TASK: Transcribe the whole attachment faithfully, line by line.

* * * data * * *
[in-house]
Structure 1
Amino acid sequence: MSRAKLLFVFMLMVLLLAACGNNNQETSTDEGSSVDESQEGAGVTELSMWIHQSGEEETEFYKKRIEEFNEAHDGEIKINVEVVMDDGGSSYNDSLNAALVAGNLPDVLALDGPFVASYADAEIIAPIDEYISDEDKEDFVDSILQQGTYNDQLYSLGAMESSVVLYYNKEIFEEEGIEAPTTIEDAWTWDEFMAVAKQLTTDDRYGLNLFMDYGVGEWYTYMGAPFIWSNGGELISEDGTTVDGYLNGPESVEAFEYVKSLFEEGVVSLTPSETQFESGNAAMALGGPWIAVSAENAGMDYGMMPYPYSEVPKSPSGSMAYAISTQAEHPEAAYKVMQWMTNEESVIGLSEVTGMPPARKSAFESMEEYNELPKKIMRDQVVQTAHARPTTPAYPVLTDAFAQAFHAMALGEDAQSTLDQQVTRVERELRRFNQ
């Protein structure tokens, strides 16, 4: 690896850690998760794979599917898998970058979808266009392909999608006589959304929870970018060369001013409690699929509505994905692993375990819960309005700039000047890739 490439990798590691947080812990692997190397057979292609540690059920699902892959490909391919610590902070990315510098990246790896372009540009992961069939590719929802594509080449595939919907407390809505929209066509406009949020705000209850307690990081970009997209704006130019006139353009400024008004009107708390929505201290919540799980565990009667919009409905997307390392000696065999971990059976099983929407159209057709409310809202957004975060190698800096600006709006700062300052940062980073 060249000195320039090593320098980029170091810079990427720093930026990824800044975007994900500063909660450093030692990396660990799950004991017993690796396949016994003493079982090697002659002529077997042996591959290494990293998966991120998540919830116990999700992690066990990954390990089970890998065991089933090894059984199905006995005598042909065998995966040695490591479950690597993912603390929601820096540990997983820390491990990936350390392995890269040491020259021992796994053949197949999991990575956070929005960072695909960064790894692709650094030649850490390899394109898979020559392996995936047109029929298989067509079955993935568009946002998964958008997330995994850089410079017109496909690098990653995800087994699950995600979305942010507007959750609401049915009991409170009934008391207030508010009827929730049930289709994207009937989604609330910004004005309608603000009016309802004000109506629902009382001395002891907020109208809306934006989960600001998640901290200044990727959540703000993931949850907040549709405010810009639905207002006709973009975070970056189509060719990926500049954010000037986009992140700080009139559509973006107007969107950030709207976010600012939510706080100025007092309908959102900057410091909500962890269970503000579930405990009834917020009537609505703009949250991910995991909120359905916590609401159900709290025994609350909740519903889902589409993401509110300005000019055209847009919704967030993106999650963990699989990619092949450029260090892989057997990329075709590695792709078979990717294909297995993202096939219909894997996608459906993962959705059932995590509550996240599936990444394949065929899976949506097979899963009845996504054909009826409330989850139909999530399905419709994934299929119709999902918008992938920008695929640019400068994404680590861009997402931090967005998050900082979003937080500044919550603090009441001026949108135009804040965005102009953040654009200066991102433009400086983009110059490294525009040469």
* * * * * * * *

[in-house]
Structure 1
Amino acid sequence: MSRAKLLFVFMLMVLLLAACGNNNQETSTDEGSSVDESQEGAGVTELSMWIHQSGEEETEFYKKRIEEFNEAHDGEIKINVEVVMDDGGSSYNDSLNAALVAGNLPDVLALDGPFVASYADAEIIAPIDEYISDEDKEDFVDSILQQGTYNDQLYSLGAMESSVVLYYNKEIFEEEGIEAPTTIEDAWTWDEFMAVAKQLTTDDRYGLNLFMDYGVGEWYTYMGAPFIWSNGGELISEDGTTVDGYLNGPESVEAFEYVKSLFEEGVVSLTPSETQFESGNAAMALGGPWIAVSAENAGMDYGMMPYPYSEVPKSPSGSMAYAISTQAEHPEAAYKVMQWMTNEESVIGLSEVTGMPPARKSAFESMEEYNELPKKIMRDQVVQTAHARPTTPAYPVLTDAFAQAFHAMALGEDAQSTLDQQVTRVERELRRFNQ
């Protein structure tokens, strides 16, 4: 690896850690998760794979599917898998970058979808266009392909999608006589959304929870970018060369001013409690699929509505994905692993375990819960309005700039000047890739 490439990798590691947080812990692997190397057979292609540690059920699902892959490909391919610590902070990315510098990246790896372009540009992961069939590719929802594509080449595939919907407390809505929209066509406009949020705000209850307690990081970009997209704006130019006139353009400024008004009107708390929505201290919540799980565990009667919009409905997307390392000696065999971990059976099983929407159209057709409310809202957004975060190698800096600006709006700062300052940062980073 060249000195320039090593320098980029170091810079990427720093930026990824800044975007994900500063909660450093030692990396660990799950004991017993690796396949016994003493079982090697002659002529077997042996591959290494990293998966991120998540919830116990999700992690066990990954390990089970890998065991089933090894059984199905006995005598042909065998995966040695490591479950690597993912603390929601820096540990997983820390491990990936350390392995890269040491020259021992796994053949197949999991990575956070929005960072695909960064790894692709650094030649850490390899394109898979020559392996995936047109029929298989067509079955993935568009946002998964958008997330995994850089410079017109496909690098990653995800087994699950995600979305942010507007959750609401049915009991409170009934008391207030508010009827929730049930289709994207009937989604609330910004004005309608603000009016309802004000109506629902009382001395002891907020109208809306934006989960600001998640901290200044990727959540703000993931949850907040549709405010810009639905207002006709973009975070970056189509060719990926500049954010000037986009992140700080009139559509973006107007969107950030709207976010600012939510706080100025007092309908959102900057410091909500962890269970503000579930405990009834917020009537609505703009949250991910995991909120359905916590609401159900709290025994609350909740519903889902589409993401509110300005000019055209847009919704967030993106999650963990699989990619092949450029260090892989057997990329075709590695792709078979990717294909297995993202096939219909894997996608459906993962959705059932995590509550996240599936990444394949065929899976949506097979899963009845996504054909009826409330989850139909999530399905419709994934299929119709999902918008992938920008695929640019400068994404680590861009997402931090967005998050900082979003937080500044919550603090009441001026949108135009804040965005102009953040654009200066991102433009400086983009110059490294525009040469």